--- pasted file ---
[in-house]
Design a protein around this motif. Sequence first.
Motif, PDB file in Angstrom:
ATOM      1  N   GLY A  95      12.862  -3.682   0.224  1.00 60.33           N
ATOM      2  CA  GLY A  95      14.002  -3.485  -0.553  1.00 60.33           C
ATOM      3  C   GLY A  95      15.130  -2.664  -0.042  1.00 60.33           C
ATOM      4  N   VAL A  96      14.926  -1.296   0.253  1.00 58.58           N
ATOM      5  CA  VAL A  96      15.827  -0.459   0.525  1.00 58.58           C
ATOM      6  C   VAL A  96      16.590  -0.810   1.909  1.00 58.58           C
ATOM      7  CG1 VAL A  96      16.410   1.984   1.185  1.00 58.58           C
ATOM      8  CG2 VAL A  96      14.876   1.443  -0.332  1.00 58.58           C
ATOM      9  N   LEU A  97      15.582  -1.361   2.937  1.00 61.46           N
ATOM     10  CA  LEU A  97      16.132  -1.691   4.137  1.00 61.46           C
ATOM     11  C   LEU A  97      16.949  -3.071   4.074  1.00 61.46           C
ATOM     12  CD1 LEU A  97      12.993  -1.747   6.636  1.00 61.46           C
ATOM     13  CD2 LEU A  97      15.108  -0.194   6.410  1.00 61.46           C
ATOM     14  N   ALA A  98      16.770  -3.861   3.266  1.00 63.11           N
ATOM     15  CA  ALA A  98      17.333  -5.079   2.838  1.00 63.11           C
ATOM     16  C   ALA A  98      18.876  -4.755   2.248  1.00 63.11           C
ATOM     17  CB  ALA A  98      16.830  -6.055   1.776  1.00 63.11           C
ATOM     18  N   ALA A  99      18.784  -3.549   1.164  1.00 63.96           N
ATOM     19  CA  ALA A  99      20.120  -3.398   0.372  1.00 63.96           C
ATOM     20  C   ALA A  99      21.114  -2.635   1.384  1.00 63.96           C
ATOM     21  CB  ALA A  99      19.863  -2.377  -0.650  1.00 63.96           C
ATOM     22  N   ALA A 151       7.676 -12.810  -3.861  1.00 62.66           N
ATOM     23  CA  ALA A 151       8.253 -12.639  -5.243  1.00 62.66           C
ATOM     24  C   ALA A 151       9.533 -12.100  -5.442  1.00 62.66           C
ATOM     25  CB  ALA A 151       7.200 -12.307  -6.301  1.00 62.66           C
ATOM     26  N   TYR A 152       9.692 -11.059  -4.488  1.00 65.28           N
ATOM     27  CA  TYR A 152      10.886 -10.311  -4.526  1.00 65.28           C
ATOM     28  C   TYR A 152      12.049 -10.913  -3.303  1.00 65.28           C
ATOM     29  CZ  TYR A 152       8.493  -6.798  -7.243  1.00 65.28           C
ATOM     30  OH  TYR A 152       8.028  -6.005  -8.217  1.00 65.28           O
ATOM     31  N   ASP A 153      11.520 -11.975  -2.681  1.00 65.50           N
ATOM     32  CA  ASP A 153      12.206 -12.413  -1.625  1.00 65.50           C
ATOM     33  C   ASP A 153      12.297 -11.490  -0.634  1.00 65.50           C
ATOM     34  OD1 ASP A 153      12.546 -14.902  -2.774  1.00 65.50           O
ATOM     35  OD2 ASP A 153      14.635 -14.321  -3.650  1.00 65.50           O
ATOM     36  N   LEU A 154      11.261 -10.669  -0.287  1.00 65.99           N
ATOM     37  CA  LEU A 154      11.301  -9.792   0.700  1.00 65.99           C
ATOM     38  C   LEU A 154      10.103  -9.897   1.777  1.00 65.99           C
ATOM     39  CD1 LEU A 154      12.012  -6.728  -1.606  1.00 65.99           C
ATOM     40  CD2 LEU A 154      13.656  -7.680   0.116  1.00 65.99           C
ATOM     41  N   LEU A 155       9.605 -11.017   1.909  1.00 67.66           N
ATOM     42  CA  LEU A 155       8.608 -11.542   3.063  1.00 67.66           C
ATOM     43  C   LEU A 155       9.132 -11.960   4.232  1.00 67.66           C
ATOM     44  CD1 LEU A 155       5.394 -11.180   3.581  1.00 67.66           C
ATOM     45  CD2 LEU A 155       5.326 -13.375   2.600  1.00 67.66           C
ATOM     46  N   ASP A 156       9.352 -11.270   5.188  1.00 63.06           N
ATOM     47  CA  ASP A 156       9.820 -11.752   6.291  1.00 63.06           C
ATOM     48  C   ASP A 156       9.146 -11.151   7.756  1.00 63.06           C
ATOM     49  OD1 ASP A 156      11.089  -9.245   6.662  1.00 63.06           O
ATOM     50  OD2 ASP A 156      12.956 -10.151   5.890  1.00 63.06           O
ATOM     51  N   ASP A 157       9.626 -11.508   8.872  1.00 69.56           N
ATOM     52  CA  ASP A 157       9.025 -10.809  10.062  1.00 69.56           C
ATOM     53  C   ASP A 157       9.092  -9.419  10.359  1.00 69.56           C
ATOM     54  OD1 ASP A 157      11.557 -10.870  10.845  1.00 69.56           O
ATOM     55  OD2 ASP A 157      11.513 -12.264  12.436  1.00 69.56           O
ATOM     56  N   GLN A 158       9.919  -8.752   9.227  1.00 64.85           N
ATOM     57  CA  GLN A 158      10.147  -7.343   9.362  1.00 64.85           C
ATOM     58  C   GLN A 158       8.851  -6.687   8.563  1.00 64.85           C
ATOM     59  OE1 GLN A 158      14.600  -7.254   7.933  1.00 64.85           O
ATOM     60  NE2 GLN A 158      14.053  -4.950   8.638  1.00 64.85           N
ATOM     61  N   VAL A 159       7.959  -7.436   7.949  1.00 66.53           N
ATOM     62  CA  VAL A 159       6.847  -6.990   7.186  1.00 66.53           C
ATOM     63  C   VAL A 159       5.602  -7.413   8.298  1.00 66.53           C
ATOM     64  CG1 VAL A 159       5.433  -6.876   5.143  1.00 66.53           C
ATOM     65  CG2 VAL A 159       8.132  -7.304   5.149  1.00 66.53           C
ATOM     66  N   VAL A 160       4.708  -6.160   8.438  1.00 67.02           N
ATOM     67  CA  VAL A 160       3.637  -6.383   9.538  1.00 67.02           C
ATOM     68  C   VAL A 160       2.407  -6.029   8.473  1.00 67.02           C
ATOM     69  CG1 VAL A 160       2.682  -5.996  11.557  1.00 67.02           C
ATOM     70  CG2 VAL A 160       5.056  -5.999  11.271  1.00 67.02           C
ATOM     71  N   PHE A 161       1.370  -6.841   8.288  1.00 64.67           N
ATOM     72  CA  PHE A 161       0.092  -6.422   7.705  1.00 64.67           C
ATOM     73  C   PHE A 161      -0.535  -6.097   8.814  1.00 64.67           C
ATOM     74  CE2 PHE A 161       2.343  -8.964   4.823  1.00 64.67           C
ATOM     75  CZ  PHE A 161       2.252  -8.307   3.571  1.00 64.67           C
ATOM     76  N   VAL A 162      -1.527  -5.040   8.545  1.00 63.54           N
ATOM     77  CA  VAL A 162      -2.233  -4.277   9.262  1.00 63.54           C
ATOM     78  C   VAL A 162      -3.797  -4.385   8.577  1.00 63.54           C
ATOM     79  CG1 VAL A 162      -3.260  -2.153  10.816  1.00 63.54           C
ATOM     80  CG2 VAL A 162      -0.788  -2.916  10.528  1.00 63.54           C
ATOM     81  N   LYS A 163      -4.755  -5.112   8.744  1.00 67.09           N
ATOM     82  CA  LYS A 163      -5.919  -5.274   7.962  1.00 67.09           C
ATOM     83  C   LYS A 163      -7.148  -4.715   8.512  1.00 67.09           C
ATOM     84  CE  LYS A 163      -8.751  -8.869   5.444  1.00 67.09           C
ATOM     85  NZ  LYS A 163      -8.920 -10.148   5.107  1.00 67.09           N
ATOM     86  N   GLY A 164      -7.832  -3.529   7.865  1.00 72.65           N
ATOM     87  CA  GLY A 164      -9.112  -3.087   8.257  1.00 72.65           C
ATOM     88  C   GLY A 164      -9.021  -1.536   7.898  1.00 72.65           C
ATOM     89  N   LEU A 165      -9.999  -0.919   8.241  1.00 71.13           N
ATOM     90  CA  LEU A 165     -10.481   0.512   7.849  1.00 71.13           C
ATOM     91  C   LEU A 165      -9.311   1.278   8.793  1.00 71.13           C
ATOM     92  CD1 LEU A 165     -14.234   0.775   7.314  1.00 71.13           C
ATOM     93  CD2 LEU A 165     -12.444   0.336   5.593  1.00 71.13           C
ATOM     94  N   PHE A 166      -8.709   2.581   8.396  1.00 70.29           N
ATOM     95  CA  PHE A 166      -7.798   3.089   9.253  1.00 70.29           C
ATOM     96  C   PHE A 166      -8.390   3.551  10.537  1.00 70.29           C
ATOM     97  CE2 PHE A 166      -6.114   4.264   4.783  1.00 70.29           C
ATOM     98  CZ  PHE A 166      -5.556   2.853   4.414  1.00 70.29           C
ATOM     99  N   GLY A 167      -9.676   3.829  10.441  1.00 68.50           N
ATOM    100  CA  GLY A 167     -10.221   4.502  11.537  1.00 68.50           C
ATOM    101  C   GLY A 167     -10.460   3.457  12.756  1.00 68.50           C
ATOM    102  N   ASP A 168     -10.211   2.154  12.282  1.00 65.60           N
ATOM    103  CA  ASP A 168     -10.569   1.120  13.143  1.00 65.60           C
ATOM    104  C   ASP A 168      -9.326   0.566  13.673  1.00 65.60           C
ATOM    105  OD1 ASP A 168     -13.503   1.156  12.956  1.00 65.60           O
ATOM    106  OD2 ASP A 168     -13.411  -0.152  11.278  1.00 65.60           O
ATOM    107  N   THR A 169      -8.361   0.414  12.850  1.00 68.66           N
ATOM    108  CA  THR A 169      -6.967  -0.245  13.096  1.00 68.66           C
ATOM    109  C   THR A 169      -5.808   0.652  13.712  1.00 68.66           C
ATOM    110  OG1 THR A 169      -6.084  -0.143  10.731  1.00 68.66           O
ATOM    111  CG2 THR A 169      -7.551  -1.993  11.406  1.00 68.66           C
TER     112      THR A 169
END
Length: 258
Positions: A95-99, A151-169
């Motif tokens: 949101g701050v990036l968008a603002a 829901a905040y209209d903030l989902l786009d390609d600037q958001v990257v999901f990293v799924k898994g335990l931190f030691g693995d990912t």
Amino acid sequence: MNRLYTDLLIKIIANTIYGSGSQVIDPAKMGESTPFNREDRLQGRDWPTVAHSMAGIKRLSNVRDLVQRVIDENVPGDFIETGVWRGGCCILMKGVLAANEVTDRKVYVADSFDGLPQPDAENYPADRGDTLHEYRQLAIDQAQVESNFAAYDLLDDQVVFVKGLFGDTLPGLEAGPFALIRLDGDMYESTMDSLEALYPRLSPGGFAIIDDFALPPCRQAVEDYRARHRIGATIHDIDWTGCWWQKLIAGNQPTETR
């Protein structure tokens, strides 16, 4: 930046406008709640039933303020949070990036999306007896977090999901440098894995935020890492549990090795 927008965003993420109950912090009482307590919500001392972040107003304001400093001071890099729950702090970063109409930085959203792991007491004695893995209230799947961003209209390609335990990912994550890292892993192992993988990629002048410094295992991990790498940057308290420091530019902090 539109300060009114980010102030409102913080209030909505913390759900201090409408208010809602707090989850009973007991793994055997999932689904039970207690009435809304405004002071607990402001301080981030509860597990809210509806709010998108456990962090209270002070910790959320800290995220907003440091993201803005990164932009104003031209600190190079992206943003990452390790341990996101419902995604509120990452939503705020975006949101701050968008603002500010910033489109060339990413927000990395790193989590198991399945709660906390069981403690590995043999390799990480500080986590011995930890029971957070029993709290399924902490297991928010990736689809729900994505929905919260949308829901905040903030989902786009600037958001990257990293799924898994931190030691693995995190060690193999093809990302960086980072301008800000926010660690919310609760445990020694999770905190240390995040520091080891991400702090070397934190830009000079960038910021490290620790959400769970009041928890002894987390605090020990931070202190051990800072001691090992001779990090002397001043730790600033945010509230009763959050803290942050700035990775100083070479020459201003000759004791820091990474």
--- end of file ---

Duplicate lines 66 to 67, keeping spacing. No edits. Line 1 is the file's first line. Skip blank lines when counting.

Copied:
ATOM     63  C   VAL A 159       5.602  -7.413   8.298  1.00 66.53           C
ATOM     64  CG1 VAL A 159       5.433  -6.876   5.143  1.00 66.53           C